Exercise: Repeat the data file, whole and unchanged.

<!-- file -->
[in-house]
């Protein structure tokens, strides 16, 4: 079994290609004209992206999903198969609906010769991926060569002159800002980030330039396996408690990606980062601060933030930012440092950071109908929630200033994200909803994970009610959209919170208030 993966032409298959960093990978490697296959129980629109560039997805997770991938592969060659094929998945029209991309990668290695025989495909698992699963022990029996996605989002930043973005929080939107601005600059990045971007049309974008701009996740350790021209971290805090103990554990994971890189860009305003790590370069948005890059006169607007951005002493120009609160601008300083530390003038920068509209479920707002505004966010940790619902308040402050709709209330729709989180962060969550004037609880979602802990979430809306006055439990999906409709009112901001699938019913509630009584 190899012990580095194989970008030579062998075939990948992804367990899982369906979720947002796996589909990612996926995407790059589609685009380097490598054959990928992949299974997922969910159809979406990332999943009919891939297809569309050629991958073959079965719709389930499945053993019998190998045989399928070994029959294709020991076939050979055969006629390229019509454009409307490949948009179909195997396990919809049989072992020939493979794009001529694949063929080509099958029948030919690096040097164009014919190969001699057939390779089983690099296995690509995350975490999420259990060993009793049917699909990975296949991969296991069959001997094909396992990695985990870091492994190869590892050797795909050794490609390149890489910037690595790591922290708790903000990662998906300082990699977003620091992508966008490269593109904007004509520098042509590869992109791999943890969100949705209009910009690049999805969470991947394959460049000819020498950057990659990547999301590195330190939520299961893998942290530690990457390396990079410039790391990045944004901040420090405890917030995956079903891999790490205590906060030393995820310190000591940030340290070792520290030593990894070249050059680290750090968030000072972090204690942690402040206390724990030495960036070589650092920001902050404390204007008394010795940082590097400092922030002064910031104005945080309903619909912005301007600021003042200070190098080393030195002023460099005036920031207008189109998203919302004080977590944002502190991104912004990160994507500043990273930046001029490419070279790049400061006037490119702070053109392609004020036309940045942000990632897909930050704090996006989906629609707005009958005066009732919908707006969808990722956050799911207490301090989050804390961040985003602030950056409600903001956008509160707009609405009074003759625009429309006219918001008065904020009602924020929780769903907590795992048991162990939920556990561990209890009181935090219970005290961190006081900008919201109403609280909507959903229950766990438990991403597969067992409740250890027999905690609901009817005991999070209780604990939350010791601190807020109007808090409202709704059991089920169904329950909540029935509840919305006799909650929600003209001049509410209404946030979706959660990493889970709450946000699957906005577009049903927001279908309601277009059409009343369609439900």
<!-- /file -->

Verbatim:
[in-house]
């Protein structure tokens, strides 16, 4: 079994290609004209992206999903198969609906010769991926060569002159800002980030330039396996408690990606980062601060933030930012440092950071109908929630200033994200909803994970009610959209919170208030 993966032409298959960093990978490697296959129980629109560039997805997770991938592969060659094929998945029209991309990668290695025989495909698992699963022990029996996605989002930043973005929080939107601005600059990045971007049309974008701009996740350790021209971290805090103990554990994971890189860009305003790590370069948005890059006169607007951005002493120009609160601008300083530390003038920068509209479920707002505004966010940790619902308040402050709709209330729709989180962060969550004037609880979602802990979430809306006055439990999906409709009112901001699938019913509630009584 190899012990580095194989970008030579062998075939990948992804367990899982369906979720947002796996589909990612996926995407790059589609685009380097490598054959990928992949299974997922969910159809979406990332999943009919891939297809569309050629991958073959079965719709389930499945053993019998190998045989399928070994029959294709020991076939050979055969006629390229019509454009409307490949948009179909195997396990919809049989072992020939493979794009001529694949063929080509099958029948030919690096040097164009014919190969001699057939390779089983690099296995690509995350975490999420259990060993009793049917699909990975296949991969296991069959001997094909396992990695985990870091492994190869590892050797795909050794490609390149890489910037690595790591922290708790903000990662998906300082990699977003620091992508966008490269593109904007004509520098042509590869992109791999943890969100949705209009910009690049999805969470991947394959460049000819020498950057990659990547999301590195330190939520299961893998942290530690990457390396990079410039790391990045944004901040420090405890917030995956079903891999790490205590906060030393995820310190000591940030340290070792520290030593990894070249050059680290750090968030000072972090204690942690402040206390724990030495960036070589650092920001902050404390204007008394010795940082590097400092922030002064910031104005945080309903619909912005301007600021003042200070190098080393030195002023460099005036920031207008189109998203919302004080977590944002502190991104912004990160994507500043990273930046001029490419070279790049400061006037490119702070053109392609004020036309940045942000990632897909930050704090996006989906629609707005009958005066009732919908707006969808990722956050799911207490301090989050804390961040985003602030950056409600903001956008509160707009609405009074003759625009429309006219918001008065904020009602924020929780769903907590795992048991162990939920556990561990209890009181935090219970005290961190006081900008919201109403609280909507959903229950766990438990991403597969067992409740250890027999905690609901009817005991999070209780604990939350010791601190807020109007808090409202709704059991089920169904329950909540029935509840919305006799909650929600003209001049509410209404946030979706959660990493889970709450946000699957906005577009049903927001279908309601277009059409009343369609439900």